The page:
To begin, I would like to share The Rag Blog’s Halloween at Hutto by Elaine J. Cohen that looks at the connection between immigration and militarism. It is easy to talk about stopping people from coming; it’s harder to understand why they come and how the United States is intimately connected to the forces driving people to the border here and the borders in Europe. This blog looks at migrants from Latin America in connection with our own militarism in their region.

Barred window inside of Hutto Detention Facility. Photo courtesy of thewire.com

Barred window inside the T. Don Hutto Residential Center Detention Facility. Photo courtesy of www.thewire.com

As we sat in the waiting area of the Hutto “Residential” Center, an unexpected spectacle unfolded before the three of us who had come to visit. It was Halloween in Hutto.

Originally Peggy Morton and I had planned to take Maria Luisa, field organizer for the School of the Americas Watch (SOAW), to Karnes, another family detention center in Texas, that morning. It was October 30, when thunder and torrents of rain poured down on the hill country.

Still, I left my apartment on St. John’s at eight. In the time it took to walk from my building’s entrance to my car, I was soaked to the bone. Driving south on Lamar was an exercise in focus and I’m sure I cashed in a few of my good karma points as I drove with limited vision and somehow got to Wheatsville South at nine to meet them.

Peggy’s husband, Fred, had told her that a tornado had touched down in San Marcos — near our usual route to Karnes. We went to Peggy’s house where my wet clothes were put in the dryer. We decided that if the rain slowed down we would go north, rather than south — and visit with women at Hutto. Their hunger strike had just begun and we agreed that visiting there would be an excellent first visit to a Detention Center for Maria Luisa.

Over cups of hot tea and vegan pozole, the three of us shared stories about immigration, violence shaped and honed by this country’s military might and the extraordinary connectedness of decades of violence in Central America and the number of refugees coming across the border.

Maria Luisa Rosals had come to Austin on a southern/border states journey to learn about conditions here and share knowledge about the complicity of USian interests as manifest in the instruction of violence at the School of the Americas.

Protests began in 1990 at the School of the America’s base at Fort Benning outside of Columbus, Georgia, and have continued despite the change of name to the Western Hemisphere Institute for Security Cooperation (WHINSEC). In a few weeks, the vigil will have its 25th anniversary. Many readers of The Rag Blog are familiar with the organization and its work. For those of you who aren’t, I refer you to the SOA Watch website — because the story today is really about the 27-plus immigrant women on hunger strike in Taylor, Texas.

Though as Peggy, Maria Luisa, and I spoke, it became obvious to us that, in fact, the hunger strike of immigrant women incarcerated under U.S. policy is very much related to the work of the SOAW. Peggy, an active member of the Hutto Visitation Program, has been visiting a woman who has been incarcerated there for over a year. As is my custom, I will not refer to her by her real name. Let’s call her Juana. All three of us signed up to visit Juana, who greeted us with delight.

The Corrections Corporation of America continues to assert ‘there is no hunger strike.’

Although the Corrections Corporation of America (CCA), the private business that runs Hutto, continues to assert “there is no hunger strike,” we were assured that the strike was real. Moreover, the women are highly motivated and optimistic. I asked Juana if I had her permission to mention her in my writing and she said that the women wanted “everyone” to know that, Yes, they are on hunger strike and that No, it’s not because the food is so bad (even though it is terrible) and it is an insult for whoever is telling those lies (hmmm, the CCA comes to mind) to pretend it is not about the absolute injustice that they are incarcerated for their attempt to escape from domestic, cartel, and state violence.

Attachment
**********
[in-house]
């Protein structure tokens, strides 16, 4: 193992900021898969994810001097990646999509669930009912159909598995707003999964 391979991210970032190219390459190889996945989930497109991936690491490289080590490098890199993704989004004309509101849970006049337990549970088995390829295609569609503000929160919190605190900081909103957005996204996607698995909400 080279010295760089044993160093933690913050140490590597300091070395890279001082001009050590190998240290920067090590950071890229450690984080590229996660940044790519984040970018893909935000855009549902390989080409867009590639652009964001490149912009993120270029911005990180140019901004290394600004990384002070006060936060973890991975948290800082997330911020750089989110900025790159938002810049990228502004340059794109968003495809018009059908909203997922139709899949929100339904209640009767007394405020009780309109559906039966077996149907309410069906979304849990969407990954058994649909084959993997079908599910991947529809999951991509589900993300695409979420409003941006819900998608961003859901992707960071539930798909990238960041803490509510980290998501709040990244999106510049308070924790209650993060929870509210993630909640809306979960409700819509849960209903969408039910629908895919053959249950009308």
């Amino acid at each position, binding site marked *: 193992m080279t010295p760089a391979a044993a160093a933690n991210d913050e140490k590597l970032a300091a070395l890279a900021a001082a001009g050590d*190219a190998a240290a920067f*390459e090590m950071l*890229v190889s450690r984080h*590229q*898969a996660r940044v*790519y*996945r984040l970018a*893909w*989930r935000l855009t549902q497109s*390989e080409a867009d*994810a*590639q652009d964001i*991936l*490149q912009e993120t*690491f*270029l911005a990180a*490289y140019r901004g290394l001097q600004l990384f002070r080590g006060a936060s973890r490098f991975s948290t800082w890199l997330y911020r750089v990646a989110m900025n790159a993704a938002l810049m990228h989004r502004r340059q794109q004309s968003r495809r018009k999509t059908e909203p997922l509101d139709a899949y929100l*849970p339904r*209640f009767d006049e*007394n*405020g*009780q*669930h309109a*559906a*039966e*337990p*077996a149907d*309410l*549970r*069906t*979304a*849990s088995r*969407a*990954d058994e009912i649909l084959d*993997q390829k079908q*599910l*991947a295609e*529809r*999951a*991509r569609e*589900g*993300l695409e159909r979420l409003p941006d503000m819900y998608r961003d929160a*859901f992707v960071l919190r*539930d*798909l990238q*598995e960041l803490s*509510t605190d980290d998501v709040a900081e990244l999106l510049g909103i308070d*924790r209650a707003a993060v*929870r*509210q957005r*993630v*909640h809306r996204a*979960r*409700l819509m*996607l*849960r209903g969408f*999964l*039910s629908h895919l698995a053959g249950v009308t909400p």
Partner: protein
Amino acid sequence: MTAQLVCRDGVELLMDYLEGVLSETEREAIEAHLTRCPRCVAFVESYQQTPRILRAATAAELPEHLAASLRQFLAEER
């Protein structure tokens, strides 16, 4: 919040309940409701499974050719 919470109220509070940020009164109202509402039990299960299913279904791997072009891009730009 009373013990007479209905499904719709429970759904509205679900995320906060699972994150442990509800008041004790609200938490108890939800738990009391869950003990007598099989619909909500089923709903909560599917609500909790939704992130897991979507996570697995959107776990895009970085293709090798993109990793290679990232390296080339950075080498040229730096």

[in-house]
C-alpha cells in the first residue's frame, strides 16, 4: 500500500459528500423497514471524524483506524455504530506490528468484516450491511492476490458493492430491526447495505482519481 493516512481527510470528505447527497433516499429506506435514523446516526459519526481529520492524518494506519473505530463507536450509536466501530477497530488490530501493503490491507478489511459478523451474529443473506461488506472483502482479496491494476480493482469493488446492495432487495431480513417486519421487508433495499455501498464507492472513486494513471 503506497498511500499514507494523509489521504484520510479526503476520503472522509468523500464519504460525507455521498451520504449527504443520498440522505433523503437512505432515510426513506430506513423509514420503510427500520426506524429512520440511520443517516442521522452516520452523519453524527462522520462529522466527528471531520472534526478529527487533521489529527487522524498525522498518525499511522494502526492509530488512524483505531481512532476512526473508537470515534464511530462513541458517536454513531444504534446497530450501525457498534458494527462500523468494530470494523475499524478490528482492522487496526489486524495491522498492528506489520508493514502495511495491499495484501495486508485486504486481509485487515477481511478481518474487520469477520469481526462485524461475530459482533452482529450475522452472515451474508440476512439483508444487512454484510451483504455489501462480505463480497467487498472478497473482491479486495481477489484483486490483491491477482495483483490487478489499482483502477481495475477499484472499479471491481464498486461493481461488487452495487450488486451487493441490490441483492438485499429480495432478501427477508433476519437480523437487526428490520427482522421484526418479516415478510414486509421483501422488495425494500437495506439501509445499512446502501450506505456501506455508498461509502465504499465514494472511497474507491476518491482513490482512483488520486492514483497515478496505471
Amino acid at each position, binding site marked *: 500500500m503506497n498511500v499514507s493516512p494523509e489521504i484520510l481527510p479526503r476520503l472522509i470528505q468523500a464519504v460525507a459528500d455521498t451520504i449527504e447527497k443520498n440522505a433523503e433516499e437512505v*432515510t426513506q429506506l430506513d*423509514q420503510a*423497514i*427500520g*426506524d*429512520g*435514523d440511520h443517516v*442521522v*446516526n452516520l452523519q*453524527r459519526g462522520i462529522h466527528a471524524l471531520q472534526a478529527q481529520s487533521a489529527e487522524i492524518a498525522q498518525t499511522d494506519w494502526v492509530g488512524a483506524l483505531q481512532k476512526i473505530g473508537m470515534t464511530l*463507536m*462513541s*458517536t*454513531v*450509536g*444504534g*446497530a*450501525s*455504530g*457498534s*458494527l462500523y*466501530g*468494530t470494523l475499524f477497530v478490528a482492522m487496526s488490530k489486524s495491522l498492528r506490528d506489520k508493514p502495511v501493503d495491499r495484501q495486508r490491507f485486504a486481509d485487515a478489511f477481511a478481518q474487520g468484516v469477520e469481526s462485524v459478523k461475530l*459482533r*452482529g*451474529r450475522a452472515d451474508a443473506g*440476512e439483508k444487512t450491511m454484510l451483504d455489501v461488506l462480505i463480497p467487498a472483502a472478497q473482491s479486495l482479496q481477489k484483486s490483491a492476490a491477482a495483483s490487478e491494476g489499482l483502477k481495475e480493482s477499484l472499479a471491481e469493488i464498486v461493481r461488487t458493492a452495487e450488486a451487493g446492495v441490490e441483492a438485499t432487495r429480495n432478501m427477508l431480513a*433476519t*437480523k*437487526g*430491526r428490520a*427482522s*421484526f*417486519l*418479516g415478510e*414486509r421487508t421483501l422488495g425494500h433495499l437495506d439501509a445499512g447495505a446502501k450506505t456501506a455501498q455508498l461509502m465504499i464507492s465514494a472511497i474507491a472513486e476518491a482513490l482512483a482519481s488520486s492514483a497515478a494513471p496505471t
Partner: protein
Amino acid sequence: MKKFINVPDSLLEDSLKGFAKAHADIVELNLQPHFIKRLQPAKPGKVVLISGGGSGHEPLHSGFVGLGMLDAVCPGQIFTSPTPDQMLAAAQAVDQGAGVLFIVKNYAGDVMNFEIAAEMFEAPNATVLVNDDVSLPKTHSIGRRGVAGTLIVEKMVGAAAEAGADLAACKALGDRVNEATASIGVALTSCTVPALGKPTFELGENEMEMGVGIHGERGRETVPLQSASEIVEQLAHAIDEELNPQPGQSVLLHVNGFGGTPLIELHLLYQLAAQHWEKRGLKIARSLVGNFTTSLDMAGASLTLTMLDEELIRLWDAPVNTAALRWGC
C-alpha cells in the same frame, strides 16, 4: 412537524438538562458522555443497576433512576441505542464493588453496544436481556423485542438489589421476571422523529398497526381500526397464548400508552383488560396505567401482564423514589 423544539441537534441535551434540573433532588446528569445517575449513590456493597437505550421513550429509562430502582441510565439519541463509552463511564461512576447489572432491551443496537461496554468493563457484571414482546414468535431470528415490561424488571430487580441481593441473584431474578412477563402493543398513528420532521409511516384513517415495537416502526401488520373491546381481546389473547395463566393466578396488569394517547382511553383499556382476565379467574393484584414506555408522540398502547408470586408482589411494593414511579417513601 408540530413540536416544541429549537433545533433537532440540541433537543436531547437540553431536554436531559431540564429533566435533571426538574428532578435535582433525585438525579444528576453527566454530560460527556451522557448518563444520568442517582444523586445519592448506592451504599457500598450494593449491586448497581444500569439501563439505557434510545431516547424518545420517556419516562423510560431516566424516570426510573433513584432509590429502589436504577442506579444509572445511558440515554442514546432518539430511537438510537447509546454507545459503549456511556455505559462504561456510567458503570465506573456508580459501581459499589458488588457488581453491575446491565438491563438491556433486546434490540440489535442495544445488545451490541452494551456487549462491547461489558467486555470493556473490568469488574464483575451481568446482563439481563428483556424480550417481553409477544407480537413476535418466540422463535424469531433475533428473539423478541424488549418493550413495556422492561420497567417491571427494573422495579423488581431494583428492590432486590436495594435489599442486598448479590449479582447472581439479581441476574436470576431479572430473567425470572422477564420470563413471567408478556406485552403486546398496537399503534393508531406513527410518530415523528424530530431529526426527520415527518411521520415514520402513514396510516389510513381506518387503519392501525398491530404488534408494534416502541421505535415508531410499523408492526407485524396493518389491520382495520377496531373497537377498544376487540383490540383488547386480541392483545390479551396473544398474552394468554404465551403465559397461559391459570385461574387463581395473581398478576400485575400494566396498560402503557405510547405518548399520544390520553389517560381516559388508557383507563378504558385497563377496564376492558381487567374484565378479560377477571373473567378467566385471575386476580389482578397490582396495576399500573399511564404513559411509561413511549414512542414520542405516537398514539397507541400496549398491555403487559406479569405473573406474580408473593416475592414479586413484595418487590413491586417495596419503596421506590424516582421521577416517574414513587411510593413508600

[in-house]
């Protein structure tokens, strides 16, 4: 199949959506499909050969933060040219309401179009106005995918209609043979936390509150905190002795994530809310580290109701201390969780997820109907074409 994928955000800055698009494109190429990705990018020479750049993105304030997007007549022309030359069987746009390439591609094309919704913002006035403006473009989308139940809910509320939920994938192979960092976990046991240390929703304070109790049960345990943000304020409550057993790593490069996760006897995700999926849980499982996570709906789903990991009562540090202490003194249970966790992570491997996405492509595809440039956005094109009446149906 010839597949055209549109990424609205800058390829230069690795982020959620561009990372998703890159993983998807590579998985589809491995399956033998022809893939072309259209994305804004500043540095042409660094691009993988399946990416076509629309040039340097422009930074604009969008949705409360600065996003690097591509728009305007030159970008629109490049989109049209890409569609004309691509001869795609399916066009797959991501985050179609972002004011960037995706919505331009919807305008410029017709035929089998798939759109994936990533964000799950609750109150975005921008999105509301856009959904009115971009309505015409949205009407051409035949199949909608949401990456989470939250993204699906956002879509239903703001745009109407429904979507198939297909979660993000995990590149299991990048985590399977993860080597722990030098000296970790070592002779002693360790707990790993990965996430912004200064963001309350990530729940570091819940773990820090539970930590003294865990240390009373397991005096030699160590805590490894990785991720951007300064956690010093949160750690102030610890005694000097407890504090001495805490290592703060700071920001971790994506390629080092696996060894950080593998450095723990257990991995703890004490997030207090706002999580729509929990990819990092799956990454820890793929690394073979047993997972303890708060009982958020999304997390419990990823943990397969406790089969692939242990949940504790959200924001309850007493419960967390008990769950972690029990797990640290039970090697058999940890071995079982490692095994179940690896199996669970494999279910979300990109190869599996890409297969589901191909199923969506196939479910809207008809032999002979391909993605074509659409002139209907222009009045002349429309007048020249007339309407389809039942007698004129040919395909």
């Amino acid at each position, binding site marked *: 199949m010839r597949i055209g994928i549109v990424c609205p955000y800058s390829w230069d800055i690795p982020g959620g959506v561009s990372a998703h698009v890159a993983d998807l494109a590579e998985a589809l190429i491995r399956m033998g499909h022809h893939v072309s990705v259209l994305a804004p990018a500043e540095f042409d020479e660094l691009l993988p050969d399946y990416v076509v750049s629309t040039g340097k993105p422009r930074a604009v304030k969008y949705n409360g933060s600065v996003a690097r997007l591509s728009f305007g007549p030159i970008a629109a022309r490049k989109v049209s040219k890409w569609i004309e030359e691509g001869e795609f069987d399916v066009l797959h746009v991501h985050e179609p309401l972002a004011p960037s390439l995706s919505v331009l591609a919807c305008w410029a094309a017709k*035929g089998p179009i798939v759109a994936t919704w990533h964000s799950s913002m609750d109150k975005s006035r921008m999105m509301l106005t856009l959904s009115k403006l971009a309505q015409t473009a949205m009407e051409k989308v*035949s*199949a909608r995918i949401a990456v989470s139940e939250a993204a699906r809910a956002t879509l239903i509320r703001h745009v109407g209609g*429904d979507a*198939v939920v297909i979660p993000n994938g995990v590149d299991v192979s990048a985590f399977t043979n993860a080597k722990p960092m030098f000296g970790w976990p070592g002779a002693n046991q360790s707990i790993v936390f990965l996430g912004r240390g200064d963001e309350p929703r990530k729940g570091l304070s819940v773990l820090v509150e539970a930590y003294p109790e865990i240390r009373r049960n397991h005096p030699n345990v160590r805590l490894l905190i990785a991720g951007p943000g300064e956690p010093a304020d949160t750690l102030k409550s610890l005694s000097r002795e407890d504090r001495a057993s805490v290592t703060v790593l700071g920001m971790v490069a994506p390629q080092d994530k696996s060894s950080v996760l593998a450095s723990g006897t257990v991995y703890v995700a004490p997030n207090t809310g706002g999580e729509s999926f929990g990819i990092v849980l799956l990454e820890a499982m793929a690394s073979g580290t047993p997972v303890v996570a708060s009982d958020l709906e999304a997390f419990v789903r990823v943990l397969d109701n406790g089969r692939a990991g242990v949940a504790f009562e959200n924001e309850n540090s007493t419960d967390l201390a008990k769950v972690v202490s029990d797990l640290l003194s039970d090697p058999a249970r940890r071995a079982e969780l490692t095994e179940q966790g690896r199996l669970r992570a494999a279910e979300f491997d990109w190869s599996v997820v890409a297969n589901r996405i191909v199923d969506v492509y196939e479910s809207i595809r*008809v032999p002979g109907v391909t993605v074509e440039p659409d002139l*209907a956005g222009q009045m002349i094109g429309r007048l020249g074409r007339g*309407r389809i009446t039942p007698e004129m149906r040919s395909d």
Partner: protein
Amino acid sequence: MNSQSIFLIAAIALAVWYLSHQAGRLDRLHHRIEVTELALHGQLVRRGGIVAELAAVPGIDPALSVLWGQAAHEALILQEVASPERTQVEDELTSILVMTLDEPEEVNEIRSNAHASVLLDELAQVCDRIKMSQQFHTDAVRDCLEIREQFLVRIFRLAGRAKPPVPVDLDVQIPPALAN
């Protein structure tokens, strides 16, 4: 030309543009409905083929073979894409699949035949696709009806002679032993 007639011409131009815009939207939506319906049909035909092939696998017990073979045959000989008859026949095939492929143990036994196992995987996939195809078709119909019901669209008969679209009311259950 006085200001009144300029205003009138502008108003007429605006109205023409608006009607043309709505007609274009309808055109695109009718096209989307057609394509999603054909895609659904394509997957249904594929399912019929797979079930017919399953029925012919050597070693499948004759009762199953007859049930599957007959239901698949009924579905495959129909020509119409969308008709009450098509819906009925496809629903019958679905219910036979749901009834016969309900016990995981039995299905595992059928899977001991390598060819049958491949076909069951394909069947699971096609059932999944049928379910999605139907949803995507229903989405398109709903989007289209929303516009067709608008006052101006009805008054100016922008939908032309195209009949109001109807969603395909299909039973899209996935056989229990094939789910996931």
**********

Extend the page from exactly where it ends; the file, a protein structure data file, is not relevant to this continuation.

We laughed and exchanged stories about our families and talked a lot about tamales. Peggy was worried that talking about food wasn’t a good idea — but it seemed to cheer Juana — talking about something from her culture. When Maria Luisa and Juana discovered they were from the same area in Guatemala, there were broad smiles and, I believe, some comfort to Juana. In front of her was someone who knew where she came from — and had also come to the U.S. as an immigrant.

It seems that our visit to Hutto took place on the day that the CCA had encouraged its employees to costume up for Halloween. I’m serious. As we sat in the waiting room we watched as an angel in black tulle and a black halo left. A Thor-like Viking came on shift. The costumes were elaborate and at one point Maria Luisa and I caught each other’s glance and I whispered, “This is surreal.” Her eyes widened in agreement.

In the visiting area, the guard was straight out of the Flintstones. When Juana began to cry, I went up to the guard to ask for some tissue. I remarked on her costume, casually asking, “So, what are you?” She broke into a large smile (the first I’d seen) and said, “I’m a cave woman.” Fortunately, she didn’t appear to have a club. I wouldn’t swear, however, that she didn’t have one, hidden under the desk.

While immigrant women languish in this for-profit prison, the jailers play out their domination fantasies as Dark Angels, Vikings, and Neanderthals. Juana shook her head at the strangeness of the display. I suggested that Halloween was kind of like carnival and she managed a crooked smile. As we left, and we had our final hug (one is permitted at the beginning and another at the end of a visit), she again asked me to make sure to tell as many people as possible about their strike and how unjust is their detention.